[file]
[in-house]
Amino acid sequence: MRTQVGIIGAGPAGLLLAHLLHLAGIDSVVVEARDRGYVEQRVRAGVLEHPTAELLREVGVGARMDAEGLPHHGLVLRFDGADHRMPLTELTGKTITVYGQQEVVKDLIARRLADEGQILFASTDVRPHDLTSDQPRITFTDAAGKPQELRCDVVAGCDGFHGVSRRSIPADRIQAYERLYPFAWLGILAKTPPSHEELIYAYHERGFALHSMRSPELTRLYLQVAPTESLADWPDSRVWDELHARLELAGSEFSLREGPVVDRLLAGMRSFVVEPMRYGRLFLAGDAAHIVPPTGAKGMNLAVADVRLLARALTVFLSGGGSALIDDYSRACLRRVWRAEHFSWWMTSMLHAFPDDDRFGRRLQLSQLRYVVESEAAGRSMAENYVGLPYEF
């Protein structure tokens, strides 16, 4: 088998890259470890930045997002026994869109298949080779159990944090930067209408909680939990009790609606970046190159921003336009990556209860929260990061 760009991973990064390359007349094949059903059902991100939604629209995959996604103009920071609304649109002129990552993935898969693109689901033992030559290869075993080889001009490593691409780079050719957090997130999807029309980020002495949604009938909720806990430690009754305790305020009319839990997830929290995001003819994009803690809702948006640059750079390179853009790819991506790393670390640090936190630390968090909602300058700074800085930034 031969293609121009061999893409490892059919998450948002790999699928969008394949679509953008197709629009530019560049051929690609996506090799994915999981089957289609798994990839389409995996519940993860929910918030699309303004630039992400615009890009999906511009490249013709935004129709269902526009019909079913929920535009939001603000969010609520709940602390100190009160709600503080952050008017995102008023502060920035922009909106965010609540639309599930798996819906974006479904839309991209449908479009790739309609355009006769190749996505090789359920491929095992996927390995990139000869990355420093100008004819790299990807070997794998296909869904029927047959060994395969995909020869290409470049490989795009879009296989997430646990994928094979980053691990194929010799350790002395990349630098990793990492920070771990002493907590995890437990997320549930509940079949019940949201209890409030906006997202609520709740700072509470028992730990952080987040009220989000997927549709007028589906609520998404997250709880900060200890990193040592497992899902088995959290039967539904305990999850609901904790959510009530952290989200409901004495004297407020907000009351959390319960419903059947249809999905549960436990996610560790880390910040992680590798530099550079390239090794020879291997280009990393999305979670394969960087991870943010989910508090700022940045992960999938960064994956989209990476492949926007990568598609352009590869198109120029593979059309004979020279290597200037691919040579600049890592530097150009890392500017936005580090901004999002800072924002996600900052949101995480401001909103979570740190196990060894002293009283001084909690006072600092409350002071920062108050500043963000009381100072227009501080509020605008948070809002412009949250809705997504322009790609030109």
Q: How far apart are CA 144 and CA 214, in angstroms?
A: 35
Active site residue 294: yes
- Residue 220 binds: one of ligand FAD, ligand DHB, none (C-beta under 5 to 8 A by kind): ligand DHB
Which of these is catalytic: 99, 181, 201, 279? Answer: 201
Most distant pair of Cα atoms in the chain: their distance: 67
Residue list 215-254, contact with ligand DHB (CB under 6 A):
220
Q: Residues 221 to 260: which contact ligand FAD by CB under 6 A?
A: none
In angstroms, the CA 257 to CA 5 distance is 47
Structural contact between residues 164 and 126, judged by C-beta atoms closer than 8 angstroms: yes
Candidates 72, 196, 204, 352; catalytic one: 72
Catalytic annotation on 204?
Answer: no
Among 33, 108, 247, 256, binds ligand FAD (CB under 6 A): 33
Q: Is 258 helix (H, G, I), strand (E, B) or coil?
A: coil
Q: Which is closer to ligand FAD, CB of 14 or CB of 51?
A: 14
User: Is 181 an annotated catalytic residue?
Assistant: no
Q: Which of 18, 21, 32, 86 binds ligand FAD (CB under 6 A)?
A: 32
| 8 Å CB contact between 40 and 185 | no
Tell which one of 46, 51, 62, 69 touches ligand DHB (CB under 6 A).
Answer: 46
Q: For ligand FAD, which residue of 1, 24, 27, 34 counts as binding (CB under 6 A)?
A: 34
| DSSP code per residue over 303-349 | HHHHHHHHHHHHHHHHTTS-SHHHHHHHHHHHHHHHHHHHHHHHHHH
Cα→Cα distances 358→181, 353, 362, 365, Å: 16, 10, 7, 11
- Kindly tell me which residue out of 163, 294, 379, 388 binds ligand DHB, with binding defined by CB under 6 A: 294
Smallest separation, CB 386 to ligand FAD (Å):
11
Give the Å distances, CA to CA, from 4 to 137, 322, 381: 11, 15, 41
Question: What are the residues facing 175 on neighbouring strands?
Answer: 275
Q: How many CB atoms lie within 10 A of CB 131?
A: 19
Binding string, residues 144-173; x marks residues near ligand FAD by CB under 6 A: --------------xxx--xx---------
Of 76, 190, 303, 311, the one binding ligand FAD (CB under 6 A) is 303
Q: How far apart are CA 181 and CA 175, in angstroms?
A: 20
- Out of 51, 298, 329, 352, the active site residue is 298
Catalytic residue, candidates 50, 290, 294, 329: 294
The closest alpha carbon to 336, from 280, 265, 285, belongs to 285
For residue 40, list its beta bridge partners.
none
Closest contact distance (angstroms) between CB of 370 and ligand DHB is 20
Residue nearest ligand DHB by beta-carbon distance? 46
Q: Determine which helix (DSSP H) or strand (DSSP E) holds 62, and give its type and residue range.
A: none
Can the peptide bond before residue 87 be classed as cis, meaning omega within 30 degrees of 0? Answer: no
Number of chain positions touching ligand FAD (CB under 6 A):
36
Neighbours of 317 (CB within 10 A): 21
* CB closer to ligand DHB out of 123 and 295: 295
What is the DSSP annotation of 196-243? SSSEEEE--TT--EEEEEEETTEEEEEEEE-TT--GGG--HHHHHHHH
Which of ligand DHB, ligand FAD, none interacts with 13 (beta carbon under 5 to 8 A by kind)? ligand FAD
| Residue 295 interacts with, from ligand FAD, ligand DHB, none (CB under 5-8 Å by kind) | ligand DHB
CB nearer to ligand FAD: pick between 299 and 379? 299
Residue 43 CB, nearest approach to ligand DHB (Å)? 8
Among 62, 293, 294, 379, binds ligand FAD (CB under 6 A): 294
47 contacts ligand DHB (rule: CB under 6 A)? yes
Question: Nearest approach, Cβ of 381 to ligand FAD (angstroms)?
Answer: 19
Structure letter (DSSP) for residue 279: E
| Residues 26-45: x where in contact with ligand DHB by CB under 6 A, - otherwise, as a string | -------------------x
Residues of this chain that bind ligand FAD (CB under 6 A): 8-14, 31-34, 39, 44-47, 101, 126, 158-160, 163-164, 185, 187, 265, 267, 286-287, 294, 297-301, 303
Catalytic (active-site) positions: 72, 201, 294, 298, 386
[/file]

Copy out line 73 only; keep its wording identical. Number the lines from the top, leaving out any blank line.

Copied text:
Catalytic (active-site) positions: 72, 201, 294, 298, 386